Being the prologue, this piece was special for a number of reasons: it laid out the basic tenets of the plot, those being that the entire show was a flashback of Marco’s travels, that something horrible happened to Marco personally that he didn’t want recorded, and that now he’s been put in jail somewhere with a writer named Rustichello who’s writing everything down. Also this is one of only three pieces that has spoken dialogue in the entire show. In fact, according to Nate, all the spoken dialogue in the prologue comes directly from the actual book of Marco Polo’s travels itself. There’s not much to say about the music itself. It’s given a sort of regal, even martial feel with the staccato horns, snare drum, and steady beat, with a B section taken from a later piece in the show (“12. In These Mountain Tops”).
The overture is just a paraphrase of the main theme of the show (“6. Travels”) with a harp arpeggio at the end seguing into the second piece (“2. Day After Day”). This theme plays at various time skips or commencements during the show: here, when the show flashes back; during song #6, when Marco actually begins his travels; at the end of the first act, when Marco decides to change things (and we move to several months later when act 2 starts); at the end of the escape song before we return to the “present” Marco in jail, and finally to close out the entire show. That’s a lot of ground to cover for one theme. I’ll speak more about it if/when I talk about the song “Travels” itself.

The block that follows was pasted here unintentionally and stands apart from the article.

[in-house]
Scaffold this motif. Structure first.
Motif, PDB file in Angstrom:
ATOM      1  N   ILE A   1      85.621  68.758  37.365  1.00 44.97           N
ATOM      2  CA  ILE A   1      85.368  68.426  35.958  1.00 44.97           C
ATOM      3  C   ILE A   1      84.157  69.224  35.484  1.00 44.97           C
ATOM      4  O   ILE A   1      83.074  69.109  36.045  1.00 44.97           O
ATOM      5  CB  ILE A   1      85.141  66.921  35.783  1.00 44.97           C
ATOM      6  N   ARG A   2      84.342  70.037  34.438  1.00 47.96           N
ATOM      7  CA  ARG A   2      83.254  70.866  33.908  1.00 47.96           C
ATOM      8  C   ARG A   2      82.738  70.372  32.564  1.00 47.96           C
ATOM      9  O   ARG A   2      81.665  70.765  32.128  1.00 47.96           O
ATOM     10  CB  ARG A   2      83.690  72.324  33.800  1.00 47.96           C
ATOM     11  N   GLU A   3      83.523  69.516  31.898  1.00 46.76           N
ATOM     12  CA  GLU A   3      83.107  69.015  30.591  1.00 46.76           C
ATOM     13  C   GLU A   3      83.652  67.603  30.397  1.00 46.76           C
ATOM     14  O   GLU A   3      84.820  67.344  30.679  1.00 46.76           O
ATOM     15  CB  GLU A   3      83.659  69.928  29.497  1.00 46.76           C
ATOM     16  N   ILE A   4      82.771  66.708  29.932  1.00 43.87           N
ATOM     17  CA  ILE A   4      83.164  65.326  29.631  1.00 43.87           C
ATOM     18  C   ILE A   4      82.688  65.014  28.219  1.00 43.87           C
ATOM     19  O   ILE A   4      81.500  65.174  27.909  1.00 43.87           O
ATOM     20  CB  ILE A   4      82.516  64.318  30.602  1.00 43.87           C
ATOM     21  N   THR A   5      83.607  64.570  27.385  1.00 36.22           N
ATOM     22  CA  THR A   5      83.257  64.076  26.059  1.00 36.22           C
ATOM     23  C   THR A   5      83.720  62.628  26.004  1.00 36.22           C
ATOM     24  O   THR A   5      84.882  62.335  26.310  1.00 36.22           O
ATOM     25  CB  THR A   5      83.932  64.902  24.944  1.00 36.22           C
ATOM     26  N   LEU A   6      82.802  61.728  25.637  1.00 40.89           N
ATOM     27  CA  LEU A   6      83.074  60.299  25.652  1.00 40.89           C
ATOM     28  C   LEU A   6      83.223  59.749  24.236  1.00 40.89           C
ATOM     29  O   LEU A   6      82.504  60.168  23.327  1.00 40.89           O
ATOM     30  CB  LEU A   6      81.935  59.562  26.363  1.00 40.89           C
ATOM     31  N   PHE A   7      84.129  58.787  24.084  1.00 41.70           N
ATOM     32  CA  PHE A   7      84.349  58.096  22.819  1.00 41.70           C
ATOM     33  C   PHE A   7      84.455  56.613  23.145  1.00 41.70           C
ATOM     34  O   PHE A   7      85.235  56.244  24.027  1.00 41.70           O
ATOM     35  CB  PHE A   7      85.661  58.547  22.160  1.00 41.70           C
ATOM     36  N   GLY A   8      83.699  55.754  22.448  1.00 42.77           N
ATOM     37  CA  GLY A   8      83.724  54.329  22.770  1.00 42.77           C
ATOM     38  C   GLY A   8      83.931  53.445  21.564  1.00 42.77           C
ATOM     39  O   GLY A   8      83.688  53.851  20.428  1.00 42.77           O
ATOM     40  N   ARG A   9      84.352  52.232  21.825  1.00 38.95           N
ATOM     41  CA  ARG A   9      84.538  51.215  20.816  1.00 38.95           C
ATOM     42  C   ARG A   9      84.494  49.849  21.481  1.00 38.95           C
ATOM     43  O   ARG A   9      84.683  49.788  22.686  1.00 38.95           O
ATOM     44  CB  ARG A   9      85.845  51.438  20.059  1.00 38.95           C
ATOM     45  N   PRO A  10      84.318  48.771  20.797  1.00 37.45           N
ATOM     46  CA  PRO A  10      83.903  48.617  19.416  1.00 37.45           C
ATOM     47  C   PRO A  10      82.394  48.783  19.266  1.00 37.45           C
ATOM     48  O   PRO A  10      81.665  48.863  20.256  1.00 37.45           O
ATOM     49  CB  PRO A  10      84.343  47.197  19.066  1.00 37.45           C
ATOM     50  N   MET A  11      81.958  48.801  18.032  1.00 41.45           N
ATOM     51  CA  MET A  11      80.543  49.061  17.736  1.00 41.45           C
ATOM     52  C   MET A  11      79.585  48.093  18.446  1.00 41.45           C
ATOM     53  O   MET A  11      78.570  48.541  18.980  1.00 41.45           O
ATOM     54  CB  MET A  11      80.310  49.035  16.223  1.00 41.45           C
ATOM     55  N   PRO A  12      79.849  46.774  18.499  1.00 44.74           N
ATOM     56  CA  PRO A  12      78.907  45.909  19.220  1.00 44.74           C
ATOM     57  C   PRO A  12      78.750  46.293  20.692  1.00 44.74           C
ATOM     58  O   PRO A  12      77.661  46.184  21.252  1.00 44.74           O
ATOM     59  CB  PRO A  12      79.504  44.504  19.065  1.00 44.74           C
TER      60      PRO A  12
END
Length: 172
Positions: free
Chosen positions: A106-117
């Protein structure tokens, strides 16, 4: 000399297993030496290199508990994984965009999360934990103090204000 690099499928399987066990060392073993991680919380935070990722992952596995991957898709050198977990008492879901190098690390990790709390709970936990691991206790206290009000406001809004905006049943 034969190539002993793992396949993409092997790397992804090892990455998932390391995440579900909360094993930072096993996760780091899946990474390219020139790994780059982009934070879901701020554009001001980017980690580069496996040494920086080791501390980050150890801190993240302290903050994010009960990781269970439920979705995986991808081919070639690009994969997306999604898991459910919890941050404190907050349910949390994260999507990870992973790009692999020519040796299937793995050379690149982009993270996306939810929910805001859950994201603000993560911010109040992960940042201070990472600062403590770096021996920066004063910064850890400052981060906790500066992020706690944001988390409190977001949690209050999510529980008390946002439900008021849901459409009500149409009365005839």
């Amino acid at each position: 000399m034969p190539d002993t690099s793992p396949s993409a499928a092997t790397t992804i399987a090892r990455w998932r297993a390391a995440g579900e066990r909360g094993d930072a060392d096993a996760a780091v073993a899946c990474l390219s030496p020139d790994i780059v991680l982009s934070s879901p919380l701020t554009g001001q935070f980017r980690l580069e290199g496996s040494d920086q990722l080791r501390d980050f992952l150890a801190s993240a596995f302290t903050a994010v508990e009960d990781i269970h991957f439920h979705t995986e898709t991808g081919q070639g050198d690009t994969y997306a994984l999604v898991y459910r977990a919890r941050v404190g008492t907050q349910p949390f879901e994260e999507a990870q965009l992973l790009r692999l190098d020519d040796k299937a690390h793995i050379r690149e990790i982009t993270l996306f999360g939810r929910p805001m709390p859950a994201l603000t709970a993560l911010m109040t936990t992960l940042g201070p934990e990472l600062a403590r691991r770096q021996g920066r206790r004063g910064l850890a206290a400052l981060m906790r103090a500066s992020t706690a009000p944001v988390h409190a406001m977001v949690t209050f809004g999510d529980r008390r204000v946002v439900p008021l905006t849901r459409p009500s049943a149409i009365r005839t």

Also one random note: this song let my brother Ben answer a Final Jeopardy! answer about a famous explorer who dictated his story to a prisoner in 1298. Ben was just playing along at home, but still, it was pretty neat.
Coming up next week: Mvmt. 2 of “Mixed Quintet? You Bet!” entitled “Endurance”!
Today’s piece of music is:
As I’ve mentioned before, I wrote a lot of songs for SaXon Geat. During high school it was the instrumentation I used for virtually every song I wrote before Travels. This particular one, while not one we ever performed , rehearsed, or even gave an official name to, is still one of my favorites. I’m not quite sure why, but I think it has a bit of that “factor X,” which I believe is related to the major 7th chord in the first measure of the main theme. In any case, it feels like it’s got a bit more feeling behind it than some of the other stuff I wrote around the same time.
At first I wrote up to 1:12, and then let it sit for a while. When I came back to it I ended stealing the melody of the bridge from the ending credits theme to Chrono Trigger: “To Far Away Times,” which is still one of the most sublime pieces of music I’ve ever heard, despite its SNES 16-bit sound-chip origin. Then I closed it up repeating the main theme.
I remember playing this for Nate back in the day, and he liked it so much he ended up incorporating the short line played at 0:54 into Travels, during the song “No Better Timing.” Oddly enough, “No Better Timing” was the one song I never even tried to orchestrate (well, besides “The Parade,” but Nate never even wrote that one down), but even so I suppose I had a little influence on it, which means I had a hand in every single song in that show, except “The Parade.” Just thought I’d throw that out there.
Coming up next week: the “Prologue/Overture” to Travels!